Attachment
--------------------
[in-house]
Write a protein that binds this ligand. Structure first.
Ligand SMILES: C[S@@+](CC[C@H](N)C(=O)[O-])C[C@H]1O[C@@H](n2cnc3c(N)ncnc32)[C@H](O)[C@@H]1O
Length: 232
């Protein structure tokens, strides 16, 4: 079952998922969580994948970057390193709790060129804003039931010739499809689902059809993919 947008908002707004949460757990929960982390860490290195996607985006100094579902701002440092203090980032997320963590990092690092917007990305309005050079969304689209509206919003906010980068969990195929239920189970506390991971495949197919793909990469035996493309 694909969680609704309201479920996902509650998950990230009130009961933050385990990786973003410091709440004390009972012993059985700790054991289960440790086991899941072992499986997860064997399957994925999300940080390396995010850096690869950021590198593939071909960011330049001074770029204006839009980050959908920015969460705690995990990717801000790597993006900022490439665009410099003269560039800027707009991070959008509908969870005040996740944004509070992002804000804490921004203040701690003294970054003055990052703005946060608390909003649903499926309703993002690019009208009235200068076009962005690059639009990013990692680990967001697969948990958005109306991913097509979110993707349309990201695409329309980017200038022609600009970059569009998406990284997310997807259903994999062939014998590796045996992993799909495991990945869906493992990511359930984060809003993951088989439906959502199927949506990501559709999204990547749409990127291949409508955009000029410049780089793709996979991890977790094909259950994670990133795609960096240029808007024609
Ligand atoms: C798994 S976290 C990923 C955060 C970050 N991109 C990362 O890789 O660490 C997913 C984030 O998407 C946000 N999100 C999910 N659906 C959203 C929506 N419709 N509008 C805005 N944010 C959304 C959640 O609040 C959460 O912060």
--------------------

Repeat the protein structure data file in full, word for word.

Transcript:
[in-house]
Write a protein that binds this ligand. Structure first.
Ligand SMILES: C[S@@+](CC[C@H](N)C(=O)[O-])C[C@H]1O[C@@H](n2cnc3c(N)ncnc32)[C@H](O)[C@@H]1O
Length: 232
């Protein structure tokens, strides 16, 4: 079952998922969580994948970057390193709790060129804003039931010739499809689902059809993919 947008908002707004949460757990929960982390860490290195996607985006100094579902701002440092203090980032997320963590990092690092917007990305309005050079969304689209509206919003906010980068969990195929239920189970506390991971495949197919793909990469035996493309 694909969680609704309201479920996902509650998950990230009130009961933050385990990786973003410091709440004390009972012993059985700790054991289960440790086991899941072992499986997860064997399957994925999300940080390396995010850096690869950021590198593939071909960011330049001074770029204006839009980050959908920015969460705690995990990717801000790597993006900022490439665009410099003269560039800027707009991070959008509908969870005040996740944004509070992002804000804490921004203040701690003294970054003055990052703005946060608390909003649903499926309703993002690019009208009235200068076009962005690059639009990013990692680990967001697969948990958005109306991913097509979110993707349309990201695409329309980017200038022609600009970059569009998406990284997310997807259903994999062939014998590796045996992993799909495991990945869906493992990511359930984060809003993951088989439906959502199927949506990501559709999204990547749409990127291949409508955009000029410049780089793709996979991890977790094909259950994670990133795609960096240029808007024609
Ligand atoms: C798994 S976290 C990923 C955060 C970050 N991109 C990362 O890789 O660490 C997913 C984030 O998407 C946000 N999100 C999910 N659906 C959203 C929506 N419709 N509008 C805005 N944010 C959304 C959640 O609040 C959460 O912060």